Rat rod with an attitude

Gwinn man creates unusual vintage vehicle

This is Matt Couture’s rat rod being driven on a warm, sunny day. (Photo courtesy of Matt Couture)

GWINN — When the weather warms, Matt Couture probably will be seen driving around Gwinn proper in what some people might consider an old jalopy.

Not every car, though, has a movie prop of a .45 Colt revolver to shift gears.

What was once solely a 1931 Ford Model A sedan is now a “rat rod,” which Couture finished in April 2018 with the help of family members.

Couture, who lives in Gwinn, spent five months on the project, which is featured in the latest edition of Rat Rod magazine in a story titled “U.P. Tough, A Model A With An Attitude.”

So, what is a rat rod?

RodAuthority.com defined the term as a hot rod that typically has been hand-built, and is commonly free of signature characteristics of street rods, namely billet components, high gloss, candied or metal flake paint.

“Rat rods are usually in ‘rough’ condition, unfinished or purposefully incomplete,” Tony Huntimer wrote. “Because of their ‘ratty’ condition, the name stuck.”

According to a May 24, 2017 MSN story, hot rod builder Jim “Jake” Jacobs, former co-owner of Pete & Jakes Hot Rods in Peculiar, Missouri, inspired the rat rod movement in the 1980s, building an old-school hot rod from parts he sourced from his shop’s scrap pile.

However, Los Angeles-based pop culture artist Robert Williams in the early 1990s built “Eights and Aces.” The late Hot Rod magazine editor, Gray Baskerville, gave it the rat rod label, and the rest is history.

Couture is carrying on that tradition in the Upper Peninsula.

A gun movie prop is used to shift gears in Matt Couture’s rat rod. (Journal photo by Christie Bleck)

“It’s just kind of a bunch of parts mixed up to make a vehicle, that’s old rusty stuff, but it’s creative,” Couture said.

He acquired the Ford in October 2017 from a friend in Negaunee.

“It was just the body and the frame,” Couture said.

It’s hard to drive only a body and a frame, so had to acquire parts.

Couture purchased the tires on Facebook Marketplace, and he got the motor and transmission from a Little Lake man’s Camaro.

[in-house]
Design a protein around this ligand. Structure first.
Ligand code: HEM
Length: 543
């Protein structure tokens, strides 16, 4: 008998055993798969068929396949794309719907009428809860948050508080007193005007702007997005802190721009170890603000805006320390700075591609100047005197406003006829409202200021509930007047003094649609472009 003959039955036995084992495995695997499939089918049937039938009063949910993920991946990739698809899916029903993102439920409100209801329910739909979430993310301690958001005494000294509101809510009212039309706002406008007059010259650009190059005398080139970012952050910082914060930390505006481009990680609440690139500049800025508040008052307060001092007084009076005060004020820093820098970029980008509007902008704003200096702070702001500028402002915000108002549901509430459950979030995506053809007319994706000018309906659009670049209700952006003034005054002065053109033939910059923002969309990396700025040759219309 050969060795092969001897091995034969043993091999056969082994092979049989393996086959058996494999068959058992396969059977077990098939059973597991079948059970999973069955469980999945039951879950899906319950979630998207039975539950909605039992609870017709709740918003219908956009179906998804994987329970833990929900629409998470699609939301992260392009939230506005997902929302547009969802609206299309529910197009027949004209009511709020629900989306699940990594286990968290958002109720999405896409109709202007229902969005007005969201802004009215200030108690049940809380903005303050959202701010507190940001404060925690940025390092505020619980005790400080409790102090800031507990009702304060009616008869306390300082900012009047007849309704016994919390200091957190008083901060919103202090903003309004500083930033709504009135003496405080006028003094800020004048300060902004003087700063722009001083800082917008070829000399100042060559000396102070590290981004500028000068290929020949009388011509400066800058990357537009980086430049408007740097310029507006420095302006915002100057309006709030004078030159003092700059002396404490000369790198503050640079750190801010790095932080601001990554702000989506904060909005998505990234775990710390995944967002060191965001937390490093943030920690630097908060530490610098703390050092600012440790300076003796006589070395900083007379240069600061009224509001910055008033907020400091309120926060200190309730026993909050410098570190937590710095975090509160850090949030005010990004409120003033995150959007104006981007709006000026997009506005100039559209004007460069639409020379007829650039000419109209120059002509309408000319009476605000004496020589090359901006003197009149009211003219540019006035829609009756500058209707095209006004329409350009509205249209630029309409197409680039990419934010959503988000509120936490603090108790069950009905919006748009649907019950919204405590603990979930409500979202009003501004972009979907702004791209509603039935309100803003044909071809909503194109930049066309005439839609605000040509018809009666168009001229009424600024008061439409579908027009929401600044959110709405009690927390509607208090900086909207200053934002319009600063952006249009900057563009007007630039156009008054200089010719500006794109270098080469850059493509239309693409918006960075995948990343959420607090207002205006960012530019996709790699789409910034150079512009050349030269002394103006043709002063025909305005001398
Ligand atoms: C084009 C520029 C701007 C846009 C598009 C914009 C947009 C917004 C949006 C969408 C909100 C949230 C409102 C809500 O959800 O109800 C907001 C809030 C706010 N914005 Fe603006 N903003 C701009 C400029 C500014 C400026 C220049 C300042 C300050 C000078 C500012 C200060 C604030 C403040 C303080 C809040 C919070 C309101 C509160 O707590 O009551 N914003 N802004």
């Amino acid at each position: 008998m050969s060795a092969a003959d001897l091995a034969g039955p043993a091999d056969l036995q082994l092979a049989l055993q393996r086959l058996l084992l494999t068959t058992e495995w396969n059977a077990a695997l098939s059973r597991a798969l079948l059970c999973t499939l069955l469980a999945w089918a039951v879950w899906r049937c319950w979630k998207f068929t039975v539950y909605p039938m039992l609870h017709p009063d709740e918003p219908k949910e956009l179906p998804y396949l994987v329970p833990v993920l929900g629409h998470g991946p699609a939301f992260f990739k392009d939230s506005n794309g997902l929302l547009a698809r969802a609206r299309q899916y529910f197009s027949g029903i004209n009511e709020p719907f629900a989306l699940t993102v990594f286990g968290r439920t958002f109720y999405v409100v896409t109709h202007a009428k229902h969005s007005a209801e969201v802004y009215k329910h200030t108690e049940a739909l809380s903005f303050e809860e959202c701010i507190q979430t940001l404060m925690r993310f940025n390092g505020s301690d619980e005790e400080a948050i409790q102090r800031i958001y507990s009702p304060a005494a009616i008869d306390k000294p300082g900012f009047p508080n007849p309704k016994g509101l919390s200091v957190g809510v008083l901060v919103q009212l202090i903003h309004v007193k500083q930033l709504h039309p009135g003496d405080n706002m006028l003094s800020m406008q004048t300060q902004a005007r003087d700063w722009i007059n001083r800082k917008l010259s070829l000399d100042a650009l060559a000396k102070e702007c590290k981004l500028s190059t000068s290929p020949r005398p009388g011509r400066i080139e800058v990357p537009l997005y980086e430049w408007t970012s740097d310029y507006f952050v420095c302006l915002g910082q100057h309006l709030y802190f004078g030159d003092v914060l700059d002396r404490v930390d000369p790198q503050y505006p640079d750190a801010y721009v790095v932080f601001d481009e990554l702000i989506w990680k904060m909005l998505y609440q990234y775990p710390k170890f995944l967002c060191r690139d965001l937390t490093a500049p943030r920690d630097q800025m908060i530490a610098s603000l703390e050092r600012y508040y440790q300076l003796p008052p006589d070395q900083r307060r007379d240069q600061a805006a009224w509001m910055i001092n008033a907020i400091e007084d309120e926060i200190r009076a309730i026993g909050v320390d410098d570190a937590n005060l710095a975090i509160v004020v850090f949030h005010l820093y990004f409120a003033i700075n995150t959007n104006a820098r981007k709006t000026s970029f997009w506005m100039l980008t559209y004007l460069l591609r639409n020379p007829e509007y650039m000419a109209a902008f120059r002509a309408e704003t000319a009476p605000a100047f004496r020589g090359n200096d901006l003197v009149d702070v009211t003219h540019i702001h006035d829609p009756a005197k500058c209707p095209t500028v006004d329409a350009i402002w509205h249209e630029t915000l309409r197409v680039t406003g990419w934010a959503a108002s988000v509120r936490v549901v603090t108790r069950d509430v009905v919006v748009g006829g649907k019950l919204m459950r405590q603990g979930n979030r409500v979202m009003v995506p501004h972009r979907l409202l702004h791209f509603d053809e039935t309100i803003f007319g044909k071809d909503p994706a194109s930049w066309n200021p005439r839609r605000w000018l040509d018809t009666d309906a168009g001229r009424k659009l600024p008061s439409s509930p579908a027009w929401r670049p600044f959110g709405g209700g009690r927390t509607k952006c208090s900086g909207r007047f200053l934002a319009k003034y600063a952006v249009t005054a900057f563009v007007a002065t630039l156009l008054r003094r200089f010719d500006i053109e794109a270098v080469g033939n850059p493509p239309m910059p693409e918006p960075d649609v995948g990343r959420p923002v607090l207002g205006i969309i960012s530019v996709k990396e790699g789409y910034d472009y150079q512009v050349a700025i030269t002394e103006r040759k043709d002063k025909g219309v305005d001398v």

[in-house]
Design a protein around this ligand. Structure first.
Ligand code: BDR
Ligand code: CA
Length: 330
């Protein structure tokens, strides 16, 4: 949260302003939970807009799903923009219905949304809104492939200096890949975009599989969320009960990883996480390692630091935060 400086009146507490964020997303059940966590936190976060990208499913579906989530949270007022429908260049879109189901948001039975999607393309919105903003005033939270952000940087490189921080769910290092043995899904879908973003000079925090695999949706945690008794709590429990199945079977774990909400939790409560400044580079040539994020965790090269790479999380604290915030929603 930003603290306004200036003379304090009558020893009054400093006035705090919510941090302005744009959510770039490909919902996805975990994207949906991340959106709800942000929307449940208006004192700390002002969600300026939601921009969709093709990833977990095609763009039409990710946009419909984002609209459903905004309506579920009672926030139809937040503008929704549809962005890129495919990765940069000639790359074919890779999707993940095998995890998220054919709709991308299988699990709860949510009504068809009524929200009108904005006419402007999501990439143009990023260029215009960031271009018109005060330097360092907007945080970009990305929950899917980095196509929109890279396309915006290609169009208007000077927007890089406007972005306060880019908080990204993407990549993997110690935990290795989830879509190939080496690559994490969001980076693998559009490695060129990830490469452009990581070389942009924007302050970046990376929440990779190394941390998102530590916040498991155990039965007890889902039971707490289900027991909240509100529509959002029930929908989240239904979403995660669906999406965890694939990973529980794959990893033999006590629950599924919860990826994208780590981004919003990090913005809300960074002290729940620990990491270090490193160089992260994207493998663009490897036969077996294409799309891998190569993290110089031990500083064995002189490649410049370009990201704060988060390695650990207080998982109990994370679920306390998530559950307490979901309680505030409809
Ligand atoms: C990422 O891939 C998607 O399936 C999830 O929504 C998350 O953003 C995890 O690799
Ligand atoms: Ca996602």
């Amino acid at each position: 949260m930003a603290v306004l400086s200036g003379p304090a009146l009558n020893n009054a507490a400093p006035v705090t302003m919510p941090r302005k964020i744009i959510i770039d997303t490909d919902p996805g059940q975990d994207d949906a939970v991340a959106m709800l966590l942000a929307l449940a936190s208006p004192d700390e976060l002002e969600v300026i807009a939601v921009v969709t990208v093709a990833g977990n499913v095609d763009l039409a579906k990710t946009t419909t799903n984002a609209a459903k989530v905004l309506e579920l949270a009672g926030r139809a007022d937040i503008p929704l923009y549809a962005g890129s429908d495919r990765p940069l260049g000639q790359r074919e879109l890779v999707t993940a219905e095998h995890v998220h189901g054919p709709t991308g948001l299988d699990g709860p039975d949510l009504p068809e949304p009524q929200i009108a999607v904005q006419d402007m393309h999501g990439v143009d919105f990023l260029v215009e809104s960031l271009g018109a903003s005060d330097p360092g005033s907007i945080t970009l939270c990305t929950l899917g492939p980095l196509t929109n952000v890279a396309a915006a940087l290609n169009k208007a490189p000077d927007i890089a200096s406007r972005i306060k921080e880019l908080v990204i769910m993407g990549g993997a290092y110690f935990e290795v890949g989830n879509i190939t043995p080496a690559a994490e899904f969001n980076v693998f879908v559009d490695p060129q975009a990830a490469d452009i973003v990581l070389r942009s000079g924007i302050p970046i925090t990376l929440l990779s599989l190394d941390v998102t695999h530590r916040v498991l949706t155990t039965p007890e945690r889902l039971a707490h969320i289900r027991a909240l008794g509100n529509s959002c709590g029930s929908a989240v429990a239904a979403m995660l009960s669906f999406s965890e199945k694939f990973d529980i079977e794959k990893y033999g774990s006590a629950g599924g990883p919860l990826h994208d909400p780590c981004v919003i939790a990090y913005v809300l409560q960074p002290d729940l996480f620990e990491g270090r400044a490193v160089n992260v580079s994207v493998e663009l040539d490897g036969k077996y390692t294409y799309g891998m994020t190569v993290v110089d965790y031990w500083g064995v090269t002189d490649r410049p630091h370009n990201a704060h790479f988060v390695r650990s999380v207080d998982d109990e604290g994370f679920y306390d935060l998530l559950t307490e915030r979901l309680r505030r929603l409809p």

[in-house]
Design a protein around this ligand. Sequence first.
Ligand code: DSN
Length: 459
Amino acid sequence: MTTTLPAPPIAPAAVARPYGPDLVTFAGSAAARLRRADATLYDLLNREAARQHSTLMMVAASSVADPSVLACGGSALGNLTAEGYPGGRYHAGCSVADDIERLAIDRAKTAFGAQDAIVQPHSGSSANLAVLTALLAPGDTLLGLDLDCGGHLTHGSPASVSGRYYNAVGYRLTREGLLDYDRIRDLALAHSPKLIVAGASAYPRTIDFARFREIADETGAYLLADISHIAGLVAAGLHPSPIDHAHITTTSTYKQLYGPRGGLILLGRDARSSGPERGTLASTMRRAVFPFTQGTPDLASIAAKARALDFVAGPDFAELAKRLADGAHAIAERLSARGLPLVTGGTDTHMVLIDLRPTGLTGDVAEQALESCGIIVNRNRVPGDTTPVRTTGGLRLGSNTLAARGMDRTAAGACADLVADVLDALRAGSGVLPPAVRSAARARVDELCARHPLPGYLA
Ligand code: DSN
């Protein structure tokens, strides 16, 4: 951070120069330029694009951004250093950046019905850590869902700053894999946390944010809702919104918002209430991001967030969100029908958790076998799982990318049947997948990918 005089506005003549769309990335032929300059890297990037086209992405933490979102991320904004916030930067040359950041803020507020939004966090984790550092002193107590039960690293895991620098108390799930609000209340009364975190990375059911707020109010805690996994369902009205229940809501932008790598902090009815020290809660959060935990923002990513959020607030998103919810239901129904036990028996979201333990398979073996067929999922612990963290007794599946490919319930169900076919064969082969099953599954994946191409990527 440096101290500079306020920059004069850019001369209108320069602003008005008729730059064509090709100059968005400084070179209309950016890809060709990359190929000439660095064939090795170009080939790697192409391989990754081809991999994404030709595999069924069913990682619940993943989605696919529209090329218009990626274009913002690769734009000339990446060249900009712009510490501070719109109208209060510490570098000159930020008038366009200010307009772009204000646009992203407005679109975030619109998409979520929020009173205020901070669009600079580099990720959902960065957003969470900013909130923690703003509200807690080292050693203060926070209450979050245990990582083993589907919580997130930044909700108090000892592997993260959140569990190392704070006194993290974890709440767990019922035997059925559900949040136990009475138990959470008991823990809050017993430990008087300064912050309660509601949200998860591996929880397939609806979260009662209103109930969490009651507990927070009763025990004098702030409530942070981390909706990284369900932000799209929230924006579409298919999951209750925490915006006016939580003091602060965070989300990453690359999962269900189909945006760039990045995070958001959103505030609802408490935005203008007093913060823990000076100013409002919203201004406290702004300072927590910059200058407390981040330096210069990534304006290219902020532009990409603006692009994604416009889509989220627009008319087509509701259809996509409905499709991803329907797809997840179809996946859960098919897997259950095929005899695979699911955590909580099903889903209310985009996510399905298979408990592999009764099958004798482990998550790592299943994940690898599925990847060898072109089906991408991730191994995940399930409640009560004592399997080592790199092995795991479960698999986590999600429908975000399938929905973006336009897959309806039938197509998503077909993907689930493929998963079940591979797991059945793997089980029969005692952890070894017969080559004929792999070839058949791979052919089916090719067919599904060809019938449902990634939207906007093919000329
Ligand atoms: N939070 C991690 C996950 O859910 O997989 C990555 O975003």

He made the back seat himself, but the front seats are from a Checker Transport, LLC bus from Marquette.

The vehicle has an automatic transmission with a Chevy small block V8 engine.

Couture, who works as an operator at Eagle Mine in Michigamme Township, considers making a rat rod a hobby.

The rat rod was his first, which he created “the hard way — a lot of looking stuff up, calling friends and just figuring stuff out.”

As with many hobbies, it sprung from an interest and a skill.

“I’ve always been into it, and I pay attention, so I kind of knew how things went together,” Couture said.

Couture’s rat rod came with a bit of a mystery.

He found the name “Leslie Makinen 1964” carved into the dash, so he snapped a photograph and reached out on Facebook to see if anyone was familiar with the name.

Makinen’s sister contacted him and sent Couture pictures of the car from the 1950s and 1960s. It turned out the Ford Model A was her dad’s car, and he had handed it down to Les Makinen, who lives in Negaunee Township, around 1964.

Couture said when the finished the rat rod, he invited the Makinen family to the Gwinn Fun Daze car show to see it.

Les Makinen said seeing the old Ford Model A-turned-rat rod brought back a lot of memories.

“I was kind of surprised,” Makinen said. “He did a lot of work on it. It looked pretty good.”

Couture’s rat rod can be driven around town, although where it can be taken is limited, and when — it’s unheated.

When he drives on M-35, though, his rat rod gets a lot of second glances.

“A lot of people just want to take pictures, and that’s OK,” Couture said.

That could mean taking about half an hour to put in 5 gallons of gasoline at the local Mobil station, which happened one time.

Couture believes his rat rod, though, carries a sense of history.

“This car’s been around here almost a hundred years,” he said.